And representation was one of the main focuses for Loter, who brought in an all-female writing room to bring their voices and experiences into each episode. “We currently have an all-female writing room, a very diverse writing room,” he said. “So a lot of Lunella’s stories in this are based on real-life experiences that our writers have experienced and have put it through the lens of Lunella, but it was really important. Authenticity was primary, for sure.”

“I’ve always thought that, um, it was smart to be cool. No. I’m sorry. I always thought it was cool to be smart,” Fishburne said about representation. “It doesn’t matter what your gender, what your color, what your faith, what country you live in, I’ve always thought that it was really, really cool to be smart. I think it’s important for us to have this kind of representation because you can’t be what you can’t see. So if more young girls of color get to see an experience of a person like Lunella, then perhaps, they won’t be afraid to show their intelligence and to lead with their intelligence. I think it’s just a good thing to do.”

While Moon Girl and Devil Dinosaur stresses the importance on highlighting representation, the series also deals with social matters like the dangers of gentrification in a way that makes it accessible. “Aftershock is the first villain in the series, it’s the first real formidable villain that Lunella faces as Moon Girl,” Loter said. “We really did wanna encapsulate that the mission statement of the series is the one girl makes a difference storyline, which is super important.”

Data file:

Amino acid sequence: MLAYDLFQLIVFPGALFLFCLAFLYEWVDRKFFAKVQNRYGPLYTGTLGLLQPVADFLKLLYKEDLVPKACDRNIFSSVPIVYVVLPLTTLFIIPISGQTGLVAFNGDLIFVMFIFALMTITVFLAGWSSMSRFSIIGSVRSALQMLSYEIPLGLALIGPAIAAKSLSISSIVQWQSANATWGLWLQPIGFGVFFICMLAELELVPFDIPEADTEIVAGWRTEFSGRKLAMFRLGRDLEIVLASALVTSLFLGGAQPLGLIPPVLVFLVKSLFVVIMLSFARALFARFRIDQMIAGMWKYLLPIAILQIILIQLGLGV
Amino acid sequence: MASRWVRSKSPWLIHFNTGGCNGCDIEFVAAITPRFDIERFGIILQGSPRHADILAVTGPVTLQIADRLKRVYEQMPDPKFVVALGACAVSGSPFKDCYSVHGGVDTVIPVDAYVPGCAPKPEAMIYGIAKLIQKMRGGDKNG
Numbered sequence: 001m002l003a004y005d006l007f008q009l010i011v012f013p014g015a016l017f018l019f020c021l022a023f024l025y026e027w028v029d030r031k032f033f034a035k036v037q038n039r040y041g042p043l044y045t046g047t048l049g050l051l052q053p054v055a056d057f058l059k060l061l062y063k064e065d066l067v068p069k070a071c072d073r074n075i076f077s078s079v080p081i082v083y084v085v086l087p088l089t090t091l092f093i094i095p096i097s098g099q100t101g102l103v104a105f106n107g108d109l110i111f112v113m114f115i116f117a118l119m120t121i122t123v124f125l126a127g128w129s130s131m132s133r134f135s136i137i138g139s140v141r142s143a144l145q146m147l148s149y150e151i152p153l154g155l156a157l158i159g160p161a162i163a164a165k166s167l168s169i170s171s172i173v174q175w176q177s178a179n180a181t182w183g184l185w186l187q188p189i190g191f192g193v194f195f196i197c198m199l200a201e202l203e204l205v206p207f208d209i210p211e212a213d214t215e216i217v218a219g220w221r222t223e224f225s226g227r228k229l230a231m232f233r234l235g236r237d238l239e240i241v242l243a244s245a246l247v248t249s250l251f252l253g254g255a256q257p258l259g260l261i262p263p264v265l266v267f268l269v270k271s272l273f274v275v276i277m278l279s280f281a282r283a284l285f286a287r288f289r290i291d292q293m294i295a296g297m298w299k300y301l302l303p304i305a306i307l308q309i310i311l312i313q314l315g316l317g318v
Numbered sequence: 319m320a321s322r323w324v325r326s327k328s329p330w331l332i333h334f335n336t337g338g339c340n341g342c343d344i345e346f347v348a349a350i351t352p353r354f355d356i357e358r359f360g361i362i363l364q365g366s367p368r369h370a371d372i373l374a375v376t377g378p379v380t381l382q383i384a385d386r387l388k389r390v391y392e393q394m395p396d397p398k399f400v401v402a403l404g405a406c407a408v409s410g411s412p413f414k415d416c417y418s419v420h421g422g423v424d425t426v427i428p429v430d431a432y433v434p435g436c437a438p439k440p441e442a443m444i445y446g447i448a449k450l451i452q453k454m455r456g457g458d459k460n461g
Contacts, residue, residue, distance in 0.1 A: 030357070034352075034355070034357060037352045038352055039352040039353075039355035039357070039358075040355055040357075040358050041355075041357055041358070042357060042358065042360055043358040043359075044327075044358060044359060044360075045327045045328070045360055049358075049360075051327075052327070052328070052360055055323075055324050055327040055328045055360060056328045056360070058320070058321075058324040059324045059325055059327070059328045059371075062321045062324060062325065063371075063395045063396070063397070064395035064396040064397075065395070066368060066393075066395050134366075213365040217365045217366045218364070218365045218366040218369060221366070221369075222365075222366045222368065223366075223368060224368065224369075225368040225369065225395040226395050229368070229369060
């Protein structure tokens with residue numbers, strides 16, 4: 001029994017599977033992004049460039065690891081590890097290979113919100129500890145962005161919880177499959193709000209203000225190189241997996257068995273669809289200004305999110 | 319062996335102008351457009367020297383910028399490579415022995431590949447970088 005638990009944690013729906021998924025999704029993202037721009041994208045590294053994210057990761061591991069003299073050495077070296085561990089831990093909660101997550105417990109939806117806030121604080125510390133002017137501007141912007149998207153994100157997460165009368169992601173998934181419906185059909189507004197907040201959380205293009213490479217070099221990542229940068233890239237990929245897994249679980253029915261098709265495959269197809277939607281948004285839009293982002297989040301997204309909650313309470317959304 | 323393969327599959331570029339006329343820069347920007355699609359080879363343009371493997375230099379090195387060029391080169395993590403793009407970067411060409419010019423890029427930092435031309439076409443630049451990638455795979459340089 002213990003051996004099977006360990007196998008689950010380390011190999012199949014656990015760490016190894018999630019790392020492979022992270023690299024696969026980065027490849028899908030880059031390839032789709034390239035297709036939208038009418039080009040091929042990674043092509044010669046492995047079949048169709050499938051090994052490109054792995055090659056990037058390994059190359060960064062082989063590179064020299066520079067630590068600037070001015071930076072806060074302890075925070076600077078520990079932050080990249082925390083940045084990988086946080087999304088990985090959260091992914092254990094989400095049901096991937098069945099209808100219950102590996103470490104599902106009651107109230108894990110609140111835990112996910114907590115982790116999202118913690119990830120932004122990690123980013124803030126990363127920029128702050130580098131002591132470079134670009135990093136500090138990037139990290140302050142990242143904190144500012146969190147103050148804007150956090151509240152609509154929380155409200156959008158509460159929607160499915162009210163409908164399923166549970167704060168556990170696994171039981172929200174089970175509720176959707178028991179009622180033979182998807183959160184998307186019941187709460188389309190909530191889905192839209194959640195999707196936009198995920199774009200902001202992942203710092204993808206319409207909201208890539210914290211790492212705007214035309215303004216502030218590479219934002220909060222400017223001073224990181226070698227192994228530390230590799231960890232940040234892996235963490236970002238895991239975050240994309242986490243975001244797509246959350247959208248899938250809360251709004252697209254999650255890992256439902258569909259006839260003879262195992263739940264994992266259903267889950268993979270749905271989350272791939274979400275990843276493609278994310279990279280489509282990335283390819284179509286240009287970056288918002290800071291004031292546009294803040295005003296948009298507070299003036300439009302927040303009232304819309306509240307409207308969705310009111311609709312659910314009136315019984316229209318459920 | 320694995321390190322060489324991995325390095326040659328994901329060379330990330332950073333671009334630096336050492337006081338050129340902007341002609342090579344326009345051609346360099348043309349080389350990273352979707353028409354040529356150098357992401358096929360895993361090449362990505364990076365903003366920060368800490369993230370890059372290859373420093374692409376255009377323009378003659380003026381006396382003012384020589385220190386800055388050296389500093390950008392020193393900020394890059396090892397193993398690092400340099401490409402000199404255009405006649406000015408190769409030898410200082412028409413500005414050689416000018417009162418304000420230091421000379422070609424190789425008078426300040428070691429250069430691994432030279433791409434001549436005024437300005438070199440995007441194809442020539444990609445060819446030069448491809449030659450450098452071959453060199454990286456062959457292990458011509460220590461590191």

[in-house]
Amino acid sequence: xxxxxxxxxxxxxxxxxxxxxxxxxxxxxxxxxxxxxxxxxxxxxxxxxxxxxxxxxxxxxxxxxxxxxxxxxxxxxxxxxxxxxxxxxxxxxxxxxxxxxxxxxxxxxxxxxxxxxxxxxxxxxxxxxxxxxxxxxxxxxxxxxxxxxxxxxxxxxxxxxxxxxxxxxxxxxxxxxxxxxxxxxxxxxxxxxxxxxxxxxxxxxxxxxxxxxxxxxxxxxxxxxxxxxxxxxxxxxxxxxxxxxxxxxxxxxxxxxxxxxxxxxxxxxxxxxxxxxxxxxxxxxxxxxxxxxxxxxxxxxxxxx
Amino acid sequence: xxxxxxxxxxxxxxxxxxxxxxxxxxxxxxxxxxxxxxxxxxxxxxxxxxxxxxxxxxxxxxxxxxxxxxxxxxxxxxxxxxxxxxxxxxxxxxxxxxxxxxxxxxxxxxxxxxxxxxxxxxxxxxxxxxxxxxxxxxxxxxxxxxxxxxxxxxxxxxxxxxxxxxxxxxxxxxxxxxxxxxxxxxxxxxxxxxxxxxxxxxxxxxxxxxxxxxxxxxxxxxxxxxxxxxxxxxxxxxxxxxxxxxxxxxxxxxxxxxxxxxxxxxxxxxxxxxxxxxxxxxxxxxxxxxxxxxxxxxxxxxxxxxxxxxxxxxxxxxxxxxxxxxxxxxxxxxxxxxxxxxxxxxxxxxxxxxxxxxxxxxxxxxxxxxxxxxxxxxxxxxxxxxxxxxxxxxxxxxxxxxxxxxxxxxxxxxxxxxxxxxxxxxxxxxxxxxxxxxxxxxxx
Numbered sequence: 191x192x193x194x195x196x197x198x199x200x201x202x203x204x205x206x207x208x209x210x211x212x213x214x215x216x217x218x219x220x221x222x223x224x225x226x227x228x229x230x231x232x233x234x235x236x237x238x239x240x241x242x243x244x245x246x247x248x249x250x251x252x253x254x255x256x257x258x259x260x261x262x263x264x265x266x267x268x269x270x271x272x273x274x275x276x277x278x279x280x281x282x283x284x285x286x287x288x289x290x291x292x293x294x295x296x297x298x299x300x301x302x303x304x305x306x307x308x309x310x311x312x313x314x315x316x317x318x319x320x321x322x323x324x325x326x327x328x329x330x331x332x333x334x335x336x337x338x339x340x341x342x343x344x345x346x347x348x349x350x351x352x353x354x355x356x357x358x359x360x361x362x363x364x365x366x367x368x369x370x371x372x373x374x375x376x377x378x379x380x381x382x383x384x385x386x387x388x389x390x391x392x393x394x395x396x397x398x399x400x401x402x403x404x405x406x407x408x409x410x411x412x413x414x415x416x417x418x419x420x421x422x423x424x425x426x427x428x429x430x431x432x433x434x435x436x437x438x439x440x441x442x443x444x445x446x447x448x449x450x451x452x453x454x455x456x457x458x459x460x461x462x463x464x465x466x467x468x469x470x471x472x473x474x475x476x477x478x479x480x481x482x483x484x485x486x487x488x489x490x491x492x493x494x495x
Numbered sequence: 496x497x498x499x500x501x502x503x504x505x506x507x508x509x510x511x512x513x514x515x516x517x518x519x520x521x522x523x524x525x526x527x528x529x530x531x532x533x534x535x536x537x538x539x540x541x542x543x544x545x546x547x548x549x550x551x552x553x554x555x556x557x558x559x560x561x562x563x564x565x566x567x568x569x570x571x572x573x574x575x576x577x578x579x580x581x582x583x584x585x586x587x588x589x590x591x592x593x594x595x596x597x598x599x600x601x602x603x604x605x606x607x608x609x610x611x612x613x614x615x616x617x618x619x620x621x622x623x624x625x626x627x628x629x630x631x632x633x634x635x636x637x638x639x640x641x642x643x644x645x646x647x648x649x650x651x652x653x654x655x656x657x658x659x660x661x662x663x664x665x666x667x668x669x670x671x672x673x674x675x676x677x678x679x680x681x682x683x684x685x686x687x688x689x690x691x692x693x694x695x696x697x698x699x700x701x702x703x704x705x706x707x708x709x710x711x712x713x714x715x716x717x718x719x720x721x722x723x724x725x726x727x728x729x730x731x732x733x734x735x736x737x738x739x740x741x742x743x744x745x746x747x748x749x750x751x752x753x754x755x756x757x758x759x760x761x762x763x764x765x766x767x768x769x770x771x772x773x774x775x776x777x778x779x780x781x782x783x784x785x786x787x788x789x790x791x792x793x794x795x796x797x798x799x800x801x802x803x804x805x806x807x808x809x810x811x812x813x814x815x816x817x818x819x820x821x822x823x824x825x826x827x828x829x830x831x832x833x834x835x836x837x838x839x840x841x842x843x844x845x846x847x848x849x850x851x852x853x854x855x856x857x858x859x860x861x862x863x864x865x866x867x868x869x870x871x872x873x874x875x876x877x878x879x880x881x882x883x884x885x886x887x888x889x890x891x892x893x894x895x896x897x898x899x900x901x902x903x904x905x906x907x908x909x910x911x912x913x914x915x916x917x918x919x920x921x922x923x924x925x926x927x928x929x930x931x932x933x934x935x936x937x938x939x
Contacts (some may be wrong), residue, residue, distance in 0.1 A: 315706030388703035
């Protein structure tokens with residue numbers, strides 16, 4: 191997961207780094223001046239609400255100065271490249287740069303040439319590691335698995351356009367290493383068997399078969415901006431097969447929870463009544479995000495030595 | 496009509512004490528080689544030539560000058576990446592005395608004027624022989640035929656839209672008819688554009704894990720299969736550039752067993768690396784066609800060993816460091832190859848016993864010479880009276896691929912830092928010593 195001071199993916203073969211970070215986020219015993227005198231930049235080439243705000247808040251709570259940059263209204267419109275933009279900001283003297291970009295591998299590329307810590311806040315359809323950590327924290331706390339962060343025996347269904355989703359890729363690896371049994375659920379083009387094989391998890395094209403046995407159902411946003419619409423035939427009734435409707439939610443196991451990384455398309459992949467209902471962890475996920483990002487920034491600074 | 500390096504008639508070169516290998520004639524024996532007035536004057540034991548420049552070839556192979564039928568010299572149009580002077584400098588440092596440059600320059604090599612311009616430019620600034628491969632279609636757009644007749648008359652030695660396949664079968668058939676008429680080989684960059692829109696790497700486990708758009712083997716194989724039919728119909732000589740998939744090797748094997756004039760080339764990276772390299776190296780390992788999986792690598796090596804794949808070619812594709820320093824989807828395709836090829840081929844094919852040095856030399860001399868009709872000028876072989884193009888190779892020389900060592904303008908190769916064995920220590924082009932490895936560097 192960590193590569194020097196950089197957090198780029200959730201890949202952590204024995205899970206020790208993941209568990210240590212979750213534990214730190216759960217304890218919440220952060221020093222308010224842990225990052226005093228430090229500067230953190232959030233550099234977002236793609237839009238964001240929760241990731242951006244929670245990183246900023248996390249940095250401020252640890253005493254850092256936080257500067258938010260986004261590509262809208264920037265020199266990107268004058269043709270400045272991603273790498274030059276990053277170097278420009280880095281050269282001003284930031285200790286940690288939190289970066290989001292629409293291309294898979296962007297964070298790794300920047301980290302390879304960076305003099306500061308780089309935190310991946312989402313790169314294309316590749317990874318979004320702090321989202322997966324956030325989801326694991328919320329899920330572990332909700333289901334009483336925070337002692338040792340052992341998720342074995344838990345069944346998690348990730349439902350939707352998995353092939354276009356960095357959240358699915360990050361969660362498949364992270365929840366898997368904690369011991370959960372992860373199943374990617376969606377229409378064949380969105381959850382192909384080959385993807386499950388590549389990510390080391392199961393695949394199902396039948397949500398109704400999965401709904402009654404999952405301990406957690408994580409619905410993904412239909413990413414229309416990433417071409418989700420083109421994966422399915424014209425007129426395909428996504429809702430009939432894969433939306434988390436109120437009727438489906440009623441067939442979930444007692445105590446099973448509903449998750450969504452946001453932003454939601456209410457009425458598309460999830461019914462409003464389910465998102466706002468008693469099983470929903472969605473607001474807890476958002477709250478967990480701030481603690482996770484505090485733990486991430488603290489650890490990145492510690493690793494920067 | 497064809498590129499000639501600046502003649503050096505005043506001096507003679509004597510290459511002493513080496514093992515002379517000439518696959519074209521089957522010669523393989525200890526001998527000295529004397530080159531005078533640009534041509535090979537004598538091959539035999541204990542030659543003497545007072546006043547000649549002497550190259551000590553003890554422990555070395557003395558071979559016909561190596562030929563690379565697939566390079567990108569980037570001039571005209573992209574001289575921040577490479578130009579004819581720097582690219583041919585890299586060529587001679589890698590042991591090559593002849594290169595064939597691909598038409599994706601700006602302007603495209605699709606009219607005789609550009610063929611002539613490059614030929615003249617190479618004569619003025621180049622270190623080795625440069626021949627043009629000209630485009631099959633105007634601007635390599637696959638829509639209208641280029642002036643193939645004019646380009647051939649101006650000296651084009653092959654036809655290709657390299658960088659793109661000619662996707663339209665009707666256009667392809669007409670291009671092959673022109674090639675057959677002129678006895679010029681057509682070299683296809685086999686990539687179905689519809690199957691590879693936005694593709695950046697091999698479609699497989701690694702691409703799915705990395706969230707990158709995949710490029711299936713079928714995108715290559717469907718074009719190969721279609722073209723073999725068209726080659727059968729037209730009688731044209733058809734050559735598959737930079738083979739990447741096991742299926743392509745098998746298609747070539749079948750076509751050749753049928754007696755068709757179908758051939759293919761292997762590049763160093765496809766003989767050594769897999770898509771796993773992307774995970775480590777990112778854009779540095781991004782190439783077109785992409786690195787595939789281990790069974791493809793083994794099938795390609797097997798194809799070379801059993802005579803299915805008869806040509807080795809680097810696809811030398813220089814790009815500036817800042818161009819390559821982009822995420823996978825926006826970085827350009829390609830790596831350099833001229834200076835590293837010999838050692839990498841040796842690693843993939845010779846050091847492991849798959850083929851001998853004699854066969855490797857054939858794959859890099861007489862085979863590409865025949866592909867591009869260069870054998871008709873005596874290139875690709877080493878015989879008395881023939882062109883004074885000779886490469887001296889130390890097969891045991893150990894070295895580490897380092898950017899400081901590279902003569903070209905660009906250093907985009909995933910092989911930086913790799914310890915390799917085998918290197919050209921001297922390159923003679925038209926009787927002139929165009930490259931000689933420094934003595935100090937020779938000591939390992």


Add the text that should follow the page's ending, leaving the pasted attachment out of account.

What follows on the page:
“We made history being Marvel’s first teenage Black girl superhero. So it’s important to see that kind of representation. I mean, like I said, it’s a show that I needed growing up and I feel like it really does make a difference,” White added. “Like the show says, one girl can make a difference. Like, this show is going to make a difference in a lot of people’s lives, so I’m just excited to be a part of it.”

“So that to have this character coming into the Lower East Side sapping it of its energy, there a lot of proverbial notions there. It is a statement about gentrification. It’s a statement about losing community and neighborhood and connection,” Loter added. “So yeah, it was really important for Aftershock to kinda be the conduit — no pun intended — for that kind of story.”

For Fred Tatasciore, voicing Devil Dinosaur was a “beautiful artistic challenge.” But he wanted to avoid leaning into voices that sounded like Scooby-Doo. “We know the traditional sounds are what we think of dinosaurs of being (roars and snorts) and the scariness, and the bigness, and he’s a force of nature,” he said. “But then, we wanted to try to figure out what’s the language of his heart and articulation with Lunella. So, we had to really work together to find it without going to the other direction.” He adds that his voice was aided by the great animation and emojis to help illustrate some of the points.”

And its those legacy animated series that led Fishburne to being a huge part of Moon Girl and Devil Dinosaur. “As someone who grew up on all that stuff — The Flintstones, Woody Woodpecker, the trajectory of my career as an artist has led me to this place,” he said. “And it just so happened that I got to meet Moon Girl at the right time and I got to meet Steve at the right time. And we’ve all gotten together and here we are in this place where we can bring Moon Girl and Devil Dinosaur to an audience that’s hungry for it.”

Marvel’s Moon Girl and Devil Dinosaur is currently airing on The Disney Channel and streaming exclusively on Disney+